What A Difference Six Years Makes

There was a time, many years ago, that Netflix was this scrawny little small-cap stock of a firm that mailed DVDs to monthly subscribers. I was an early user of Netflix, and I absolutely loved it. (They are based here in the Bay Area). No one dared dream they would have a market cap of over $160 billion, as they do today. If you told someone ten years ago that Netflix would dwarf General Electric in terms of value, they would have laughed you right out of the room.

Although it’s a darling these days, six years ago, Netflix was absolute dog meat. They had introduced a product called Qwikster, which was considered the biggest product debacle since New Coke. By late summer of 2012, the stock had fallen 80%. Now just take a moment and consider that. Try to imagine, say, Amazon falling from 1844 to 377 in the span of a few months. On top of this, it’s not like they were in the throes of an economic meltdown. This was 2012 when the recover and QE fever were all the rage. So NFLX was garbage, and the news media reflected it:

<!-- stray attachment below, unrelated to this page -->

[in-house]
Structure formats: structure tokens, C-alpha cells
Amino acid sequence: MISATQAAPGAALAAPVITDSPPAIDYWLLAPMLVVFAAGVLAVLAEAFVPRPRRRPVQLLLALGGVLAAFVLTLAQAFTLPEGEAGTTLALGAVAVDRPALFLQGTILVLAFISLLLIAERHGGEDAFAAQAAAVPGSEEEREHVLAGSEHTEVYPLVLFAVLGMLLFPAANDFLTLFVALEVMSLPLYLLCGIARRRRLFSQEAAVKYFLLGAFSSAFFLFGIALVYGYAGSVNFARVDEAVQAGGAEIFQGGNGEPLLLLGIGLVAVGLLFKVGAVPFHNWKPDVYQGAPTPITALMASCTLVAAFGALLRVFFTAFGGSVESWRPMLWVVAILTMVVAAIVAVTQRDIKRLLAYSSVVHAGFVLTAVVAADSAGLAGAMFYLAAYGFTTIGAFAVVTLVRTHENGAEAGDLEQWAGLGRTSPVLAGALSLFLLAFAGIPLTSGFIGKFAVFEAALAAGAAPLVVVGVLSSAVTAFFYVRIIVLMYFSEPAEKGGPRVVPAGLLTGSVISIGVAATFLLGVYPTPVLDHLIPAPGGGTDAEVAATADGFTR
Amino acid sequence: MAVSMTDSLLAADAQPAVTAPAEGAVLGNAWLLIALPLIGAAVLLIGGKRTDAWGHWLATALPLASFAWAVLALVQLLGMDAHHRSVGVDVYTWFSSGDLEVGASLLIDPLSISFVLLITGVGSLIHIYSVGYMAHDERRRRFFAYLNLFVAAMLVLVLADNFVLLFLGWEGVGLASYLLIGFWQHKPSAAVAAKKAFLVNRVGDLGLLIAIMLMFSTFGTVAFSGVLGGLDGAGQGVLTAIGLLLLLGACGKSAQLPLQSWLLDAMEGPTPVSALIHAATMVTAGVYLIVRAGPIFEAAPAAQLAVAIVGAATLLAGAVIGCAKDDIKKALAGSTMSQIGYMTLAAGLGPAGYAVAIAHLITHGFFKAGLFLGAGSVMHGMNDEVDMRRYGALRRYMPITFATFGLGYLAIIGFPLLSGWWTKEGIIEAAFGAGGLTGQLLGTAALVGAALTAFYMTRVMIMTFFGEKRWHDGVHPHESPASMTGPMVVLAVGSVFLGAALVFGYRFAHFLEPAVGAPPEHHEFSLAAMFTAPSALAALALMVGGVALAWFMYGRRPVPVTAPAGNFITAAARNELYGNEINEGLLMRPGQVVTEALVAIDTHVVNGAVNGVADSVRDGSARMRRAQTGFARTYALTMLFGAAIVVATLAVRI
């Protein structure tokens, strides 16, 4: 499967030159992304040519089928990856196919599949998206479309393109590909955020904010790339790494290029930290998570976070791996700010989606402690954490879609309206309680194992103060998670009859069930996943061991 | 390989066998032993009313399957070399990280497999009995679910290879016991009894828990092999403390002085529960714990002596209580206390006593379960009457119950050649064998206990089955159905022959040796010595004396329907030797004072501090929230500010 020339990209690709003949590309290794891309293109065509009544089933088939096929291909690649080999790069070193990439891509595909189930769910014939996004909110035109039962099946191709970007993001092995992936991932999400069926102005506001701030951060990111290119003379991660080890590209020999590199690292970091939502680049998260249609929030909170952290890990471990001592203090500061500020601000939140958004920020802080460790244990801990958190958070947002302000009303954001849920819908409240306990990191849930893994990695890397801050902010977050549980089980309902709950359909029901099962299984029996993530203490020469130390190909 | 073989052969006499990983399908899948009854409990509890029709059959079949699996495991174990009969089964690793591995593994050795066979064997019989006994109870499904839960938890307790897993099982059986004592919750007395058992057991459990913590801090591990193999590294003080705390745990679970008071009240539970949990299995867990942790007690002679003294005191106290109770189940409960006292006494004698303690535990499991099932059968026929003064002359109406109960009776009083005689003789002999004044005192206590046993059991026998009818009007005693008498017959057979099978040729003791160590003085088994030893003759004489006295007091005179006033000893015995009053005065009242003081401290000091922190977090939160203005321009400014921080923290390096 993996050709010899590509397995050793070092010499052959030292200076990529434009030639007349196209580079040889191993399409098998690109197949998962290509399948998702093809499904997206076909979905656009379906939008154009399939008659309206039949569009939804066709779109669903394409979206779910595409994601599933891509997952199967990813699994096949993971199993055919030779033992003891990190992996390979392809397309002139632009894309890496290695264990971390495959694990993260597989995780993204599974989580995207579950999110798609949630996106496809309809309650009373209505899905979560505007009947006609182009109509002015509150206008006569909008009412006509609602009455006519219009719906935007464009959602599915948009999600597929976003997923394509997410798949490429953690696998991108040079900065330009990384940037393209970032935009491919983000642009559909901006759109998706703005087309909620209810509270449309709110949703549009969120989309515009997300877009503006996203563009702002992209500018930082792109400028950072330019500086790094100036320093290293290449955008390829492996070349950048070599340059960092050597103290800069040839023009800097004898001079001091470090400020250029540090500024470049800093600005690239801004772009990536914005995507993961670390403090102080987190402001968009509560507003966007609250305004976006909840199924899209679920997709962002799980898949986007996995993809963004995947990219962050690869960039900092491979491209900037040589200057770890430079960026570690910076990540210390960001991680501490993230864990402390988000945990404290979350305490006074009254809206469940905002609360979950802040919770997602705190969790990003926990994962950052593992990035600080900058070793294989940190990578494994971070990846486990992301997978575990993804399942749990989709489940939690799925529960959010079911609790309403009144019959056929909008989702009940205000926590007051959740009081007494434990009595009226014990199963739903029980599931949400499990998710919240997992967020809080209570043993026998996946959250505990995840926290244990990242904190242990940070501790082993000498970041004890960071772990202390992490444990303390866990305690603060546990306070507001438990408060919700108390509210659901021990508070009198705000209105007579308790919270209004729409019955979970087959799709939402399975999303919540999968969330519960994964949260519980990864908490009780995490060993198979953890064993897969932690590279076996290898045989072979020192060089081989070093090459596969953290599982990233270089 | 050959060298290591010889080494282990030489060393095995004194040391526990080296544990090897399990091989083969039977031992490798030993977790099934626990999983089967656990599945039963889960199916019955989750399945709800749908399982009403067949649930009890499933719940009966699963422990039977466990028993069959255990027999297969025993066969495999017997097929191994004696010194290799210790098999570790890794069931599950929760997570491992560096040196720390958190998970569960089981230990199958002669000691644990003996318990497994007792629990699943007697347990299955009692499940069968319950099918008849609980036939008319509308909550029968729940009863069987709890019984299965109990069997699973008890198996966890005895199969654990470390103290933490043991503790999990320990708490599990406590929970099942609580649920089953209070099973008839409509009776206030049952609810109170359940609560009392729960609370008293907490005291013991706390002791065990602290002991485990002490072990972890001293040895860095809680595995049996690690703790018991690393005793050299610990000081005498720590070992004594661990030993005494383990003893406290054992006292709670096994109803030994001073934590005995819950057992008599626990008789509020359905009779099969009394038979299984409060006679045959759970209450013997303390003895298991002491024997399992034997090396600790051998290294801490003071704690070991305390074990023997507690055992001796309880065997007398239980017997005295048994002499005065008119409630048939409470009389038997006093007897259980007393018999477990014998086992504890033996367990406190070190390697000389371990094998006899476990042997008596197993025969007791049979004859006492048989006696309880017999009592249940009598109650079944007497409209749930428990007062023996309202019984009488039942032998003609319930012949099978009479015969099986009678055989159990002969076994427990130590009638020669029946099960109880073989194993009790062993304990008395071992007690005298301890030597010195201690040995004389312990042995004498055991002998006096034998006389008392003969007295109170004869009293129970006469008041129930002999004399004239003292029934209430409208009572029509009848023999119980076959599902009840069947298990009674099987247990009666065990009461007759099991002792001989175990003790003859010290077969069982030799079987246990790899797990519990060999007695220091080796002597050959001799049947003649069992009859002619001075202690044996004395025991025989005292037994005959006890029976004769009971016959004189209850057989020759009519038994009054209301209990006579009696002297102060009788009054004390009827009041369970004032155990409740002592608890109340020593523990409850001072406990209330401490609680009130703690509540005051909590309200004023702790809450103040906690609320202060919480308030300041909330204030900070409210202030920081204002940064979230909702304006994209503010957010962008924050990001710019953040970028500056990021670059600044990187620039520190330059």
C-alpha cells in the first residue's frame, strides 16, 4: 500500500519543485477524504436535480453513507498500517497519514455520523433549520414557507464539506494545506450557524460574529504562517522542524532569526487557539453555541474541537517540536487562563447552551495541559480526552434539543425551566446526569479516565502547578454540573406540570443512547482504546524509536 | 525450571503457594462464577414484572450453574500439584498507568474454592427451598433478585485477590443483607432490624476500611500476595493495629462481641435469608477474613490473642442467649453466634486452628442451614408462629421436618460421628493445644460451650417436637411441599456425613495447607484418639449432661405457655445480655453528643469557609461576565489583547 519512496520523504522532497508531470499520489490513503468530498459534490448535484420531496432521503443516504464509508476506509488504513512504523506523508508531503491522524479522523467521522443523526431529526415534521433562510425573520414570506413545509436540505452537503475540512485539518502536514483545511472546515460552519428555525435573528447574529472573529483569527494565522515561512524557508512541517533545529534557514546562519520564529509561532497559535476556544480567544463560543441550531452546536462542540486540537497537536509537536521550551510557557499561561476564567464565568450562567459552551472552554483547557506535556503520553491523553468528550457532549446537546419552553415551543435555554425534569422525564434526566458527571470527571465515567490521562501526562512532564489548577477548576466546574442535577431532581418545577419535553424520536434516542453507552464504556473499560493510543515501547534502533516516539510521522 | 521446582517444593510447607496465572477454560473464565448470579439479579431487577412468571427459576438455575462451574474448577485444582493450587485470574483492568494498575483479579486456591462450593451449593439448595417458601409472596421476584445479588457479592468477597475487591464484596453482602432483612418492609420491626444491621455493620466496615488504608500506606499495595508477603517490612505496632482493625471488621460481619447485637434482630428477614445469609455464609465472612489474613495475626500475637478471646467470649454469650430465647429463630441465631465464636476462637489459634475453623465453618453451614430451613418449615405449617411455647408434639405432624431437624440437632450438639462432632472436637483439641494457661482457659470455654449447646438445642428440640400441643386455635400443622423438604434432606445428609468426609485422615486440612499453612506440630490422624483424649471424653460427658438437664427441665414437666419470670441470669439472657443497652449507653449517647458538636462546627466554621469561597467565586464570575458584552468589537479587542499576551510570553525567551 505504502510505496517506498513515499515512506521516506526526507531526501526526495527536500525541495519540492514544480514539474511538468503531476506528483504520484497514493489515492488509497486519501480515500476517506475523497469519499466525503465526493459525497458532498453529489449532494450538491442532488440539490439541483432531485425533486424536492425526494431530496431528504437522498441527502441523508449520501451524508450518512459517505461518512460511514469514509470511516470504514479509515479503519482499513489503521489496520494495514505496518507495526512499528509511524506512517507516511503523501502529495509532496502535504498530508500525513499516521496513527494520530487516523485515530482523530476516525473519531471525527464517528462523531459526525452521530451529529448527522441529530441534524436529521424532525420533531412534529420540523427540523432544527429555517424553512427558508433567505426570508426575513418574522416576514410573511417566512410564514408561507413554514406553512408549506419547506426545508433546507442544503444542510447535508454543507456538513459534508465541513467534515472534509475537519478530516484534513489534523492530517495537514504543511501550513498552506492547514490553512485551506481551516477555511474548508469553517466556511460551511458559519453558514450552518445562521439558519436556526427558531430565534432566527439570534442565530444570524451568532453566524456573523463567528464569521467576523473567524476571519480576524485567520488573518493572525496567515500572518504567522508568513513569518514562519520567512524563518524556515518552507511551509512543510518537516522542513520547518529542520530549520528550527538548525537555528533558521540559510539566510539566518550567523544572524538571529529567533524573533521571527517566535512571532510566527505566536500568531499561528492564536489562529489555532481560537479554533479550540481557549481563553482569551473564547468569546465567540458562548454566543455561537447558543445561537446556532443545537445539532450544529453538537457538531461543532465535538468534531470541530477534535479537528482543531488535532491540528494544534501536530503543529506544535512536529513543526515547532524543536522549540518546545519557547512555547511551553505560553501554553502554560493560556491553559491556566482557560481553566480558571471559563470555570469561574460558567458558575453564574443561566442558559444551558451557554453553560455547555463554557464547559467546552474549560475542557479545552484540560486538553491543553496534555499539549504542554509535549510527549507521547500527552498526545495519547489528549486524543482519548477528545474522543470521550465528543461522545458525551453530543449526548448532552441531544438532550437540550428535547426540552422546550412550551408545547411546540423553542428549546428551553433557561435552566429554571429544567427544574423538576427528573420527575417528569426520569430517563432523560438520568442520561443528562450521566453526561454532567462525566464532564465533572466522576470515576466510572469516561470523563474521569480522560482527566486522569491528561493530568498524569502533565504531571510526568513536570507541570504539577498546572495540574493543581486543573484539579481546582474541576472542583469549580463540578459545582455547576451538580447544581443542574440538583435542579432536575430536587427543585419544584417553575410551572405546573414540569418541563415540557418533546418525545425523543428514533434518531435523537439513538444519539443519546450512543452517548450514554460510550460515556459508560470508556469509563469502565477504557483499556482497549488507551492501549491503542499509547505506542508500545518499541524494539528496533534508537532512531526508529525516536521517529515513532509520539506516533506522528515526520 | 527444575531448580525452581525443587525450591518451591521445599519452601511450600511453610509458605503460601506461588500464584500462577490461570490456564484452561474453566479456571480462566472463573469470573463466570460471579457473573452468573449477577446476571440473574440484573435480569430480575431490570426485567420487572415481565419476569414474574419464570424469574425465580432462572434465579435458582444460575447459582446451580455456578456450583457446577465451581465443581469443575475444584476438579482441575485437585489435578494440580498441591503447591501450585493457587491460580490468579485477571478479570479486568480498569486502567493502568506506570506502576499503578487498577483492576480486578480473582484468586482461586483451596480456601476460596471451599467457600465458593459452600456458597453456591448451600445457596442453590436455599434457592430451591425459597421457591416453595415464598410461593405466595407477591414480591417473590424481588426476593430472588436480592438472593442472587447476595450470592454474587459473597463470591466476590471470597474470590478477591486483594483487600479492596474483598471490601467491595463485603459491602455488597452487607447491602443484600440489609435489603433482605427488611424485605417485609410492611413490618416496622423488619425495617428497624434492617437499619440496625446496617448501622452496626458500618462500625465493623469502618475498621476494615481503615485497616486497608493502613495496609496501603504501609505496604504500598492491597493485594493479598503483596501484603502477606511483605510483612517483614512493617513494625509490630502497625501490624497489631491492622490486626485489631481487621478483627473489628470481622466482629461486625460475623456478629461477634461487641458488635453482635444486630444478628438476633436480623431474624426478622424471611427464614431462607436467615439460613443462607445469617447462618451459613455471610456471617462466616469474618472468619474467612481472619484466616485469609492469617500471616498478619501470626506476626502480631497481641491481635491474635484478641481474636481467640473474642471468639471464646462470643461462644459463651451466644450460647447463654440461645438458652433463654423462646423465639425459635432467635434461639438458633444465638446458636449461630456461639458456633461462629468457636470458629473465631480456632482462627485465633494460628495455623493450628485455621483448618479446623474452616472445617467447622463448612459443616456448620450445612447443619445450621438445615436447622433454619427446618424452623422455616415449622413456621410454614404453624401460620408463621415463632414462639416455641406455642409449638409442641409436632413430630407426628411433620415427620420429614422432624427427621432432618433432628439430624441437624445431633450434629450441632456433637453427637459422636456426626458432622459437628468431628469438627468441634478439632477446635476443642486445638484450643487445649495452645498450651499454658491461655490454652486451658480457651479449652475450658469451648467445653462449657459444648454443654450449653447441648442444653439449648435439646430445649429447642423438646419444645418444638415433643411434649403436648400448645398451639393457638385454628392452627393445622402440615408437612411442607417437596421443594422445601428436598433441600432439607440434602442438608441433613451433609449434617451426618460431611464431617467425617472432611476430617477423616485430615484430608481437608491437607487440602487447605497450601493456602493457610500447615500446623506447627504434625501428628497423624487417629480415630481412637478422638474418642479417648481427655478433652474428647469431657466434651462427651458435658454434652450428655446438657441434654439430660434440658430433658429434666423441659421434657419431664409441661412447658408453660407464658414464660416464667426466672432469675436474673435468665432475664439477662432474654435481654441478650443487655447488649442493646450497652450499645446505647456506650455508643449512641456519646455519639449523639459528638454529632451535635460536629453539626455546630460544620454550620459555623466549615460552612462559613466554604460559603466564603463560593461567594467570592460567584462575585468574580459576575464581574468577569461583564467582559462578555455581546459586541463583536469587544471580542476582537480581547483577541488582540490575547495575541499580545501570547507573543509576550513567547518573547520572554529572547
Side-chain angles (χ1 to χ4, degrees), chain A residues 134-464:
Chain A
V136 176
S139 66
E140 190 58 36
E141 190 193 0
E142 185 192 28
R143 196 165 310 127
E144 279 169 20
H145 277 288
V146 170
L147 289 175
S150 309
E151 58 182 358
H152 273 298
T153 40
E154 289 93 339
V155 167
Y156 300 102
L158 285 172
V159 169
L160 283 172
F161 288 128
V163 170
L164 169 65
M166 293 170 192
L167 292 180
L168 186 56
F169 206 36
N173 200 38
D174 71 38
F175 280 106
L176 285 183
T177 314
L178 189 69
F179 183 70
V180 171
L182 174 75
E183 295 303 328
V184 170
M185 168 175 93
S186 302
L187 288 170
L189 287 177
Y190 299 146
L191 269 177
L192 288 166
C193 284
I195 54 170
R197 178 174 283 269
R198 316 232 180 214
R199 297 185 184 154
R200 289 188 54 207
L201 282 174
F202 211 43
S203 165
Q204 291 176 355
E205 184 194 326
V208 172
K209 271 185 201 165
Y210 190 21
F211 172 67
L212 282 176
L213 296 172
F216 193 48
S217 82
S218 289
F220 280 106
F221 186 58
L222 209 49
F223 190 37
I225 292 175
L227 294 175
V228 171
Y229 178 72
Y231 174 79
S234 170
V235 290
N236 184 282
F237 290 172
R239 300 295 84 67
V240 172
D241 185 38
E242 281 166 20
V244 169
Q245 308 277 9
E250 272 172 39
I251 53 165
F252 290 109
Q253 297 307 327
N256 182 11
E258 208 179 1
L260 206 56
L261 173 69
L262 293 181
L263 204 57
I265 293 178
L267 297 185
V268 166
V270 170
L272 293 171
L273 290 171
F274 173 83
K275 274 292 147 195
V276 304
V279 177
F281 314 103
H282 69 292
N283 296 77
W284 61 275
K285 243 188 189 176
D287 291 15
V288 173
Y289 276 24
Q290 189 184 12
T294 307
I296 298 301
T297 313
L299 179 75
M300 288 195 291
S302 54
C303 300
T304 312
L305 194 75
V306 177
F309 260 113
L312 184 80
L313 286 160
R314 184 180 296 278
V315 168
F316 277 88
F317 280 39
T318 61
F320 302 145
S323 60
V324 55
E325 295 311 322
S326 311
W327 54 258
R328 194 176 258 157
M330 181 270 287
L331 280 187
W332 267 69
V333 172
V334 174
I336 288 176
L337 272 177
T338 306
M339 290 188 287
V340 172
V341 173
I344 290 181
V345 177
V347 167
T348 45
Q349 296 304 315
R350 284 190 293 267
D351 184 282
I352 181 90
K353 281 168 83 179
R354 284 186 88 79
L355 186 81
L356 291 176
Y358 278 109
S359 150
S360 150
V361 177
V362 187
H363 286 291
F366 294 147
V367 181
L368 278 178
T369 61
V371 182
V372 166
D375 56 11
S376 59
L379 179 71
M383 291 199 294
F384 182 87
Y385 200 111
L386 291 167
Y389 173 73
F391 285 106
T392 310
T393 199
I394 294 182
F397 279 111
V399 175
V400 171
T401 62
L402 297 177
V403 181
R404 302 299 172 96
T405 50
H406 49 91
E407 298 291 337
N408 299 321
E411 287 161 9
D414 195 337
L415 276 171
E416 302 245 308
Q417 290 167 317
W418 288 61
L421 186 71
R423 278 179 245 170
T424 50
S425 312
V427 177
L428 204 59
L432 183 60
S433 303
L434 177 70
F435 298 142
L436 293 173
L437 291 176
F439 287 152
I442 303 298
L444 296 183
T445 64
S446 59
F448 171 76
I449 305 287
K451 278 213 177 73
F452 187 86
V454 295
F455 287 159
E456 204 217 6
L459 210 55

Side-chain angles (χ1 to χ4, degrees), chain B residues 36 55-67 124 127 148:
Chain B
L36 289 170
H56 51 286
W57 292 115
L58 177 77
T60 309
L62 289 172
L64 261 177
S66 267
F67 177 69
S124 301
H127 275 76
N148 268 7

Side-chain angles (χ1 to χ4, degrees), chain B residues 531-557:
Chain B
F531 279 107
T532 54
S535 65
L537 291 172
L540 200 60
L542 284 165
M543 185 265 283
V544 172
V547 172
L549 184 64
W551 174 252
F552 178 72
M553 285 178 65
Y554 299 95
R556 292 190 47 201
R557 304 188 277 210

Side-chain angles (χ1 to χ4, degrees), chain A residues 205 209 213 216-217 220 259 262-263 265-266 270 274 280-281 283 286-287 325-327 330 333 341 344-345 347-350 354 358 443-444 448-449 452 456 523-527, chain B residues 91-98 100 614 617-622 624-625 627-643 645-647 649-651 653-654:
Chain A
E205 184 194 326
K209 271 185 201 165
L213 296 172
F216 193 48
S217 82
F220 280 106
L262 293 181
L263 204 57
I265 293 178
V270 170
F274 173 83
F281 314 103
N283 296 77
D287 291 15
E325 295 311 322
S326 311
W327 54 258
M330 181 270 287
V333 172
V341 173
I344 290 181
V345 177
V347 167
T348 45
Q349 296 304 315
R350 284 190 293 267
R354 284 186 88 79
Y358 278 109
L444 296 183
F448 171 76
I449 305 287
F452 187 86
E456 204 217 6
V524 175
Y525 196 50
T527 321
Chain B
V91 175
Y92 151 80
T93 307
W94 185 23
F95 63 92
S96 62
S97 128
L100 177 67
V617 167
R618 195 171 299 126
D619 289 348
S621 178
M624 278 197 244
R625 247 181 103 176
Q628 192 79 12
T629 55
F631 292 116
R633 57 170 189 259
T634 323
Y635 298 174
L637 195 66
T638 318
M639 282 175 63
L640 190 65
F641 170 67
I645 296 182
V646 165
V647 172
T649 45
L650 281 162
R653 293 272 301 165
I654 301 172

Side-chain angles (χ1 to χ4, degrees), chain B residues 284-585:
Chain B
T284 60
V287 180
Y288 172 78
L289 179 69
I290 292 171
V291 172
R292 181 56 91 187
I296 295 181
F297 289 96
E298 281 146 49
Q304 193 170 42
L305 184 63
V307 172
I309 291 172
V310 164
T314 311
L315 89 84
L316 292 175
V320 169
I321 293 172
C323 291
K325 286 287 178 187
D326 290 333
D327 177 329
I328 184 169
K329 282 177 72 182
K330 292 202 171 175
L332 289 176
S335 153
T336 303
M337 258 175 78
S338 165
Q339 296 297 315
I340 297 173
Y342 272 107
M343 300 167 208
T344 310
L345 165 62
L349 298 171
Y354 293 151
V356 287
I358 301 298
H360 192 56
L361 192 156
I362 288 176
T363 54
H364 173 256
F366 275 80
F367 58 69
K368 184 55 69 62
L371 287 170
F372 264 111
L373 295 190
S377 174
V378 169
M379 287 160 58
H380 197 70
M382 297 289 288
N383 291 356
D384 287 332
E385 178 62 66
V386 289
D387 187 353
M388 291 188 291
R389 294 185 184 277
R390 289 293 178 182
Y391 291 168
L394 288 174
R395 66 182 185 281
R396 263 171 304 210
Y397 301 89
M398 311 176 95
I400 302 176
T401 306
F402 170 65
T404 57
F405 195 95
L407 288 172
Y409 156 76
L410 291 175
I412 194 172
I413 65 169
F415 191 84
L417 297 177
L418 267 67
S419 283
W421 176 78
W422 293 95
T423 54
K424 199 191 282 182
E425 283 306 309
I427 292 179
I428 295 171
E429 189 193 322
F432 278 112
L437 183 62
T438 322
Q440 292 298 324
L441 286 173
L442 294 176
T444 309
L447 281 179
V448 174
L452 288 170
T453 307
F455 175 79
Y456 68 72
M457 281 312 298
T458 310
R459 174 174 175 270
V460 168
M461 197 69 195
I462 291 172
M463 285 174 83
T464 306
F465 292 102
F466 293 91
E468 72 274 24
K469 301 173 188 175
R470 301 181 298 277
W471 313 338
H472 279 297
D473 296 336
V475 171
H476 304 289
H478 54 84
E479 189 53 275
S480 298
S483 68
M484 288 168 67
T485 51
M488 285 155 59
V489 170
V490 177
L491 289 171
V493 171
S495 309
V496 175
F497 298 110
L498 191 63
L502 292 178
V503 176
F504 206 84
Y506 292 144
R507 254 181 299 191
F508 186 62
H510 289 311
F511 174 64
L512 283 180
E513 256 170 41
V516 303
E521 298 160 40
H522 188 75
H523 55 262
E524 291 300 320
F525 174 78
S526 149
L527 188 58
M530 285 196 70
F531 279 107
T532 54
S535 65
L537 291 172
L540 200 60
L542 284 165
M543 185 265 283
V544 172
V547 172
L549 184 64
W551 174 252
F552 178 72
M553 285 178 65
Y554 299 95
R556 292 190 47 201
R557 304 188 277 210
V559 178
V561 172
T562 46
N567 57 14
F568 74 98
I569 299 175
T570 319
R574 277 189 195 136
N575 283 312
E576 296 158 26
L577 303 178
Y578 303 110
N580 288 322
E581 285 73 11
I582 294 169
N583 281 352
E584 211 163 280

(Click on image to enlarge)

(Click on image to enlarge)

(Click on image to enlarge)

So, in a perfect world, what kinds of headlines SHOULD have been appearing? I would say that the front page of the New York Times should have had, in 72 point type, “OH MY GOD, BUY ALL THE NETFLIX YOU POSSIBLE CAN AND DO NOT SELL IT FOR ANY REASON, YOU SCHMUCK!” Because, as we all now know, the stock was, at exactly the same time these headlines were appearing, about to go up 52-fold. In other words, scrape together twenty thousand bucks, and bang, you’ve got a MILLION bucks in 2018. Easy.

Of course, these days, you’re not going to be reading any negative stories from analysts about Netflix, because anyone shorting it today is considered as insane and wrong-headed as anyone stupid enough to buy it six years ago. That’s just how these things go. They hate ’em at the bottom and love ’em at the top.

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